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Happy 108th Birthday Ronald Reagan, he trusted the people and believed in the ‘magic of the marketplace’ – Publications – AEI

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AEI Happy 108th Birthday Ronald Reagan, he trusted the people and believed in the ‘magic of the marketplace’ Tomorrow (Wednesday) marks the 108th anniversary of President Ronald Reagan’s birthday — he was born on February 6 in 1911. Here are a few items to honor and celebrate the birthday of the 40th US president, President Ronald Wilson Reagan (pictured above at an AEI event, year unknown). 1. Amazingly, in the entire history of the United States, there have only been two sitting US presidents who have visited the New York Stock Exchange (NYSE) while in office: Ronald Reagan in 1985 and George W. Bush in 2007. After his presidency, Reagan visited the NYSE again in 1992 with Mikhail Gorbachev to mark the exchange’s bicentennial. Shortly after Reagan’s death on June 5, 2004, the New York

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Happy 108th Birthday Ronald Reagan, he trusted the people and believed in the ‘magic of the marketplace’

Happy 108th Birthday Ronald Reagan, he trusted the people and believed in the ‘magic of the marketplace’ - Publications – AEI
Happy 108th Birthday Ronald Reagan, he trusted the people and believed in the ‘magic of the marketplace’ - Publications – AEI

Tomorrow (Wednesday) marks the 108th anniversary of President Ronald Reagan’s birthday — he was born on February 6 in 1911. Here are a few items to honor and celebrate the birthday of the 40th US president, President Ronald Wilson Reagan (pictured above at an AEI event, year unknown).

1. Amazingly, in the entire history of the United States, there have only been two sitting US presidents who have visited the New York Stock Exchange (NYSE) while in office: Ronald Reagan in 1985 and George W. Bush in 2007. After his presidency, Reagan visited the NYSE again in 1992 with Mikhail Gorbachev to mark the exchange’s bicentennial.

Shortly after Reagan’s death on June 5, 2004, the New York Stock Exchange put this tribute to the 40th president of the United States on its website (emphasis added):

On March 28, 1985, President Ronald Reagan made his first of two visits to the NYSE to salute the robust American expansion, as well as the central role of the New York Stock Exchange as the nerve center of entrepreneurial capitalism (see bottom photo above). President Reagan was the first sitting U.S. president to visit the NYSE.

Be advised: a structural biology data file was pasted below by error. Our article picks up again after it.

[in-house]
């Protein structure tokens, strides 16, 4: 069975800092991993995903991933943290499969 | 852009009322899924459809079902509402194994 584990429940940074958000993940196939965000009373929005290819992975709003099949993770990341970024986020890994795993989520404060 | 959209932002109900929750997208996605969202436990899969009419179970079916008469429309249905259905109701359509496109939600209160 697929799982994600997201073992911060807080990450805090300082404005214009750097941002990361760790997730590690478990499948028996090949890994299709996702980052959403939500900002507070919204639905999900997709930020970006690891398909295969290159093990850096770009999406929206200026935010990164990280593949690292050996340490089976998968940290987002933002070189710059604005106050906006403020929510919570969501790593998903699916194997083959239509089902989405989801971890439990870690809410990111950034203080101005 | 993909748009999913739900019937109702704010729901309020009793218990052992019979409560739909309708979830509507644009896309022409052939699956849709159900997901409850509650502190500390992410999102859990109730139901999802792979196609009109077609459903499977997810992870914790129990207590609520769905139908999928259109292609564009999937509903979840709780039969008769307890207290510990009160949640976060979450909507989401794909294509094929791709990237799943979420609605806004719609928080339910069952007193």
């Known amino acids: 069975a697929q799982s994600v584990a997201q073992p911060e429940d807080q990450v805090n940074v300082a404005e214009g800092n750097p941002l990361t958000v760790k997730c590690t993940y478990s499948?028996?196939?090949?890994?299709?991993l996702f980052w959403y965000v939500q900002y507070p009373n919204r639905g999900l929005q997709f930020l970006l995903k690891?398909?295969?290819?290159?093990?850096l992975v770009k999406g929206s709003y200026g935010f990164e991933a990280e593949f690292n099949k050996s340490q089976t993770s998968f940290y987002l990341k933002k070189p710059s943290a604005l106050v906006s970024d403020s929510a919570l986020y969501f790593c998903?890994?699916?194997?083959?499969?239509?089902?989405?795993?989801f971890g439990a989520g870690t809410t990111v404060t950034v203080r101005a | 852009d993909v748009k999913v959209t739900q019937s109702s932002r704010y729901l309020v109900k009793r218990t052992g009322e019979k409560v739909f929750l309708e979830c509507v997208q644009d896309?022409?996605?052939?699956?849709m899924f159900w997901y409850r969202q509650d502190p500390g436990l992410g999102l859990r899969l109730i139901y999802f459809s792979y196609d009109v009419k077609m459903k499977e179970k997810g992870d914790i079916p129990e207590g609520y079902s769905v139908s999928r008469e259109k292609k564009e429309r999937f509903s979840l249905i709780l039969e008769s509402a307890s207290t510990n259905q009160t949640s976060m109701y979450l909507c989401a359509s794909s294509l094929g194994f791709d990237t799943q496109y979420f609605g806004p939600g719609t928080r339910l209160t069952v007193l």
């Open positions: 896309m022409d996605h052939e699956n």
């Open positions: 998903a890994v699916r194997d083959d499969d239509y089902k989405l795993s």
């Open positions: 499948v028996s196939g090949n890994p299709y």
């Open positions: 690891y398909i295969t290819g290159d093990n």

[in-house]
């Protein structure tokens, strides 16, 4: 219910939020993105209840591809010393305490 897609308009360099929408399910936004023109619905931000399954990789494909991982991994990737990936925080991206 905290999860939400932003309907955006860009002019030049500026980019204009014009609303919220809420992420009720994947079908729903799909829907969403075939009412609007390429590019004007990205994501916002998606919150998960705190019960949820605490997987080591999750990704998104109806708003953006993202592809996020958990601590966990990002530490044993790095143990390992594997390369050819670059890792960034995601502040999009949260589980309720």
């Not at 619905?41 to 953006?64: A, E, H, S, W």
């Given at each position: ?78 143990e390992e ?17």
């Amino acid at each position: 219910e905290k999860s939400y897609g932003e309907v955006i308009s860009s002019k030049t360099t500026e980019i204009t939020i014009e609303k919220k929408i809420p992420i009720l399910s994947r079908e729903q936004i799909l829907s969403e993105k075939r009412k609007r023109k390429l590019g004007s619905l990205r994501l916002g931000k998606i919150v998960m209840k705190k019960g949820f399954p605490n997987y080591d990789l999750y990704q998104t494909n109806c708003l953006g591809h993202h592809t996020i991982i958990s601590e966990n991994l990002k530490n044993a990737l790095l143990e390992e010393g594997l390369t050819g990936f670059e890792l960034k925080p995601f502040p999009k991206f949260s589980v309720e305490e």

At 9:53 a.m. that morning, President Reagan—amid a roaring ovation—addressed the Exchange community from the bell podium. Flanked by his chief of staff, Donald T. Regan and NYSE chairman and CEO John J. Phelan, President Reagan proclaimed: “We’re bullish on the American Economy. The American economy is like a race horse that’s begun to gallop in front of the field.” Aiming to drive “the bears back into hibernation,” he said, “that’s our economic program for the next four years—we’re going to turn the bull loose.”

Throughout his presidency, the President continued to champion the principles and power of free people competing in free markets. During the first year of his Administration, in September 1981, Reagan communicated his core beliefs to members of the IMF and the World Bank when he stated:

“We who live in free market societies believe that growth, prosperity and, ultimately, human fulfillment are created from the bottom up, not the government down. Only when the human spirit is allowed to invent and create, only when individuals are given a personal stake in deciding economic policies and benefiting from their success – only then can societies remain alive, dynamic, prosperous, progressive and free.

Trust the people. This is the one irrefutable lesson of the entire post-war period, contradicting the notion that rigid government controls are essential to economic development. The societies that have achieved the most spectacular, broad-based progress are neither the most tightly controlled, nor the biggest in size, nor the wealthiest in natural resources. No, what unites them all is their willingness to believe in the magic of the marketplace.